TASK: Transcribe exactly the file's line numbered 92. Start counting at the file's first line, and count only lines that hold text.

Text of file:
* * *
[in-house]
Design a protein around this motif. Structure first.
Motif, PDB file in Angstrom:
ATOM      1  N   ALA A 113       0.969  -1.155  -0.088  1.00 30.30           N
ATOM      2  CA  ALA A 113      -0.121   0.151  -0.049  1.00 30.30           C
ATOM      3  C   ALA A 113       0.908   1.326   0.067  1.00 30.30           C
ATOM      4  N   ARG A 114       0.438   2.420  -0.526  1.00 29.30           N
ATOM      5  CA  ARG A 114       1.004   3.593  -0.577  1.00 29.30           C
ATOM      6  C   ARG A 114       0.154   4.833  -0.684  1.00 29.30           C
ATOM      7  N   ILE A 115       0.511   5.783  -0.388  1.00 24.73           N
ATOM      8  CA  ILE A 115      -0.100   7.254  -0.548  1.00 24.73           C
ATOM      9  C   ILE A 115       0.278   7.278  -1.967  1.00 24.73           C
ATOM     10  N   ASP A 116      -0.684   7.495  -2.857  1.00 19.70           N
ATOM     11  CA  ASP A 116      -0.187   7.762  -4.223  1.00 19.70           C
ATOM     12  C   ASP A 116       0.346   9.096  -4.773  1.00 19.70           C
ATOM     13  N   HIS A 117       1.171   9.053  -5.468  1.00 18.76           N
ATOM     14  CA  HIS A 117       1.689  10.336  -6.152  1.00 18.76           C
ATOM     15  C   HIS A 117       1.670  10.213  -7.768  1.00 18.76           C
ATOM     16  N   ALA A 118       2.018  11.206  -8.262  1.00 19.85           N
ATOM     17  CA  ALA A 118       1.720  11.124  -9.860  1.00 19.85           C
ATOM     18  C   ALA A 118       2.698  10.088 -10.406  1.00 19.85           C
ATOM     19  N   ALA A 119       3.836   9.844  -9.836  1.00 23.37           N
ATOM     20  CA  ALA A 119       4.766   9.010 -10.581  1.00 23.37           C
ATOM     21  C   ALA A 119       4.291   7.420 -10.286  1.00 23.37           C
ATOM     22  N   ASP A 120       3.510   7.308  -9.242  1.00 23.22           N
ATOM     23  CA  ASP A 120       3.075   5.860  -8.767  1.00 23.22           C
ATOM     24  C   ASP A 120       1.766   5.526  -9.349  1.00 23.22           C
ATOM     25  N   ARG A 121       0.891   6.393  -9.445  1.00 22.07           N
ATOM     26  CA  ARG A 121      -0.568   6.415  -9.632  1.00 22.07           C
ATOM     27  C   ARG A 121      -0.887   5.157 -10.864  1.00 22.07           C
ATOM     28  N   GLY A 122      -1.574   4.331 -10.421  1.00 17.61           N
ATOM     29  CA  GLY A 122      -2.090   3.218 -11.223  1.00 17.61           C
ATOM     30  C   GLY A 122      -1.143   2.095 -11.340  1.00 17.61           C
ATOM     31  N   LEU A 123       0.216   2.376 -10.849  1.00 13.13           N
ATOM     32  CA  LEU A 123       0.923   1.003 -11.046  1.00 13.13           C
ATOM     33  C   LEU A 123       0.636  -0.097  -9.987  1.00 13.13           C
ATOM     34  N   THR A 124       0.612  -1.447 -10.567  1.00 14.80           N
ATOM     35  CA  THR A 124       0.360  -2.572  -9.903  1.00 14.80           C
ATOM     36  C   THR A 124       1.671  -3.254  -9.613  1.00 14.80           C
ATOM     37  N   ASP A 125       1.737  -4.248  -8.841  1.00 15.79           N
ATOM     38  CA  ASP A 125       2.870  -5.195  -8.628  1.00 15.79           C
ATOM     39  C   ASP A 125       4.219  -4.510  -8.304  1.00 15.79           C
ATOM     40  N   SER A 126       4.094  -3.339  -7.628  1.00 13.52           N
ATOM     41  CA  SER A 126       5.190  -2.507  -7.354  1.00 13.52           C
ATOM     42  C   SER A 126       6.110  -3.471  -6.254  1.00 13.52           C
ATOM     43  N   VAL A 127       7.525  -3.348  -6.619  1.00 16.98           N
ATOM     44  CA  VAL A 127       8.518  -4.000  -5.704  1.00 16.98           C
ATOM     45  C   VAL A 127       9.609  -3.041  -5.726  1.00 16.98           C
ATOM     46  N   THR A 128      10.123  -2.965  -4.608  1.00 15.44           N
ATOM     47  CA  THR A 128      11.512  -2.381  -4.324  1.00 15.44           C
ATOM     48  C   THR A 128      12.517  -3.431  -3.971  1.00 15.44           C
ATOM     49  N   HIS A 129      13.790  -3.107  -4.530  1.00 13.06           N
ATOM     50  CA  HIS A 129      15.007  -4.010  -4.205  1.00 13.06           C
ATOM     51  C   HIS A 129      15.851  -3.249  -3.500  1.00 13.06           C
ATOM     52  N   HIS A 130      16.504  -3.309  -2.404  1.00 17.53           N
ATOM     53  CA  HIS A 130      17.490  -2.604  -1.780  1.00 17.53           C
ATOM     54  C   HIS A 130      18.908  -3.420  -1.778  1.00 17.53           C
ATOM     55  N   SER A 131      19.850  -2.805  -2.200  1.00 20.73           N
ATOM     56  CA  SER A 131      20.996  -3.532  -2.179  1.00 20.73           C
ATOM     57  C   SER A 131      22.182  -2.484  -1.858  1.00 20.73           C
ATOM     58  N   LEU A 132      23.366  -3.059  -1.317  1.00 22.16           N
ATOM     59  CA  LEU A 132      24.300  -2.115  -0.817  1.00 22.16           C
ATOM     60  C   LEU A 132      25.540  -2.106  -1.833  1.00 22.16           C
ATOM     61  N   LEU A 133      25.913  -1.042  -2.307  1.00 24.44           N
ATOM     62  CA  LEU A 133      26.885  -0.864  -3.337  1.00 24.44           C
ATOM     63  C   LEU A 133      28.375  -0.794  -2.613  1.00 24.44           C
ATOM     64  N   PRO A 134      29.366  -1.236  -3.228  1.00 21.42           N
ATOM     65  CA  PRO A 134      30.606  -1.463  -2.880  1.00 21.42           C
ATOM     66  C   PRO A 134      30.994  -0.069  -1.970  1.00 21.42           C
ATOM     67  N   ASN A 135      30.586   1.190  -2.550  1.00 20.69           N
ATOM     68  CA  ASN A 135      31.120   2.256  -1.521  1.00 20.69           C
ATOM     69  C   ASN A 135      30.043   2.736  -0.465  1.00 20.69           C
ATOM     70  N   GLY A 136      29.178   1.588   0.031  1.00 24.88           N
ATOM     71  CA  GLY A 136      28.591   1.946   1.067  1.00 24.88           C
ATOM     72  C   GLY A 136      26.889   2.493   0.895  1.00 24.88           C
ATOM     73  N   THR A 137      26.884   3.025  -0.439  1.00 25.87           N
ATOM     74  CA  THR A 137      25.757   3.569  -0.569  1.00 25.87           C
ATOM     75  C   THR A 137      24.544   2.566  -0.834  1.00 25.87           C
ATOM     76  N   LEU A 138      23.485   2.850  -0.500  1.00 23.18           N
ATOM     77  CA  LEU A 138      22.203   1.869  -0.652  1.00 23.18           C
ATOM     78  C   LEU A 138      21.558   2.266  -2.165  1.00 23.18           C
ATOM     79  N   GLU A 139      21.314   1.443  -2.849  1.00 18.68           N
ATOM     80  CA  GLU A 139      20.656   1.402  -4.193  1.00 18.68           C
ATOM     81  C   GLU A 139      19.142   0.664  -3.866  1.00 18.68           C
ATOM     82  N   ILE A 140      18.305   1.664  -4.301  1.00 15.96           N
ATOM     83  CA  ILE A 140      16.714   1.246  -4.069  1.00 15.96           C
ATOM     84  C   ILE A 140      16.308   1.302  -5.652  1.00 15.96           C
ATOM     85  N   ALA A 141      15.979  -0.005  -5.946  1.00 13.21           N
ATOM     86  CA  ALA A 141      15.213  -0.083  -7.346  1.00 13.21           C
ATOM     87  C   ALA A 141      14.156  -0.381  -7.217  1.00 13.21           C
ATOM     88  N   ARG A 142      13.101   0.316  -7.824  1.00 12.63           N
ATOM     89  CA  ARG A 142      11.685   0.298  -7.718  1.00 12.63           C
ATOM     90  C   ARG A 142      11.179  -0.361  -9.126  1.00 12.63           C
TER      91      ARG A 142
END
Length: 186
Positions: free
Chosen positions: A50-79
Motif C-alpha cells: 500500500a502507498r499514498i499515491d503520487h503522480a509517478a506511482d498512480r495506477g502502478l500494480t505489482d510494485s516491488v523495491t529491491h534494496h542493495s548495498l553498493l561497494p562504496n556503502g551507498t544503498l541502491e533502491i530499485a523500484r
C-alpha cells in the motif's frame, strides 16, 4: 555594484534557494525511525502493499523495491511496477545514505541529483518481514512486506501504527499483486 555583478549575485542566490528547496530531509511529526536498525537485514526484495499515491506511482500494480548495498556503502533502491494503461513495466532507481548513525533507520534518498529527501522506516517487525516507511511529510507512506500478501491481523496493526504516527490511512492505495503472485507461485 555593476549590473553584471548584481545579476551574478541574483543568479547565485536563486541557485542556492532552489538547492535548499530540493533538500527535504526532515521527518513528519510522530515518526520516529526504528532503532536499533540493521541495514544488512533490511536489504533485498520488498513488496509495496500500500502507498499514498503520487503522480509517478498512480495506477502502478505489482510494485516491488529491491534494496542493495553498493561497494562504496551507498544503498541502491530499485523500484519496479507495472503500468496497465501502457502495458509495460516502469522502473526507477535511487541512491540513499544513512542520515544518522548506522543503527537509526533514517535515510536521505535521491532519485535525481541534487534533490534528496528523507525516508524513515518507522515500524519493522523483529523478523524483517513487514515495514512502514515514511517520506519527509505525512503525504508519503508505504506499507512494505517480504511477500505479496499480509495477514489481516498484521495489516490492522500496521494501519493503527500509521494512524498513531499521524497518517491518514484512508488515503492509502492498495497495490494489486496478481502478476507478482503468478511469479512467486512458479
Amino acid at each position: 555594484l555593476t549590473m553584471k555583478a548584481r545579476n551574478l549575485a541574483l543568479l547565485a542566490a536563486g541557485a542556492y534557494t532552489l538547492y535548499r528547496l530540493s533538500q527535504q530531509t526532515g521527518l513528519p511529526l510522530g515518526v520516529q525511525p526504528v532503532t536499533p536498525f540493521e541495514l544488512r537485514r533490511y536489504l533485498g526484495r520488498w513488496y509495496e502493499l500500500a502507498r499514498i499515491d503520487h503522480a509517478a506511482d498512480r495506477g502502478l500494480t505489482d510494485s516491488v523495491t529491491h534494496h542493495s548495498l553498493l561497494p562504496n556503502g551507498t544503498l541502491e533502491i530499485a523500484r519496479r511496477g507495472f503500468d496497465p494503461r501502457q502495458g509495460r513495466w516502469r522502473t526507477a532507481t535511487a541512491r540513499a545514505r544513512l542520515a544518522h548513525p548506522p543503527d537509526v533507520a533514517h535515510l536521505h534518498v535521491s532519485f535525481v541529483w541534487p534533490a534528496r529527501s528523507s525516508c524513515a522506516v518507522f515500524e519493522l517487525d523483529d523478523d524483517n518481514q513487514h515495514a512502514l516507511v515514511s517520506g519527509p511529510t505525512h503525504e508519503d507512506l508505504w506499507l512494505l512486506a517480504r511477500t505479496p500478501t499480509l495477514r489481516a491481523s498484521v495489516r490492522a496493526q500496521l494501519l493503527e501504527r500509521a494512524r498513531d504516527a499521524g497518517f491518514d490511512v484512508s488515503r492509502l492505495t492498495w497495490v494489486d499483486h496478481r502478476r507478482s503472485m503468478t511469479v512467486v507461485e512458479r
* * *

ATOM     89  CA  ARG A 142      11.685   0.298  -7.718  1.00 12.63           C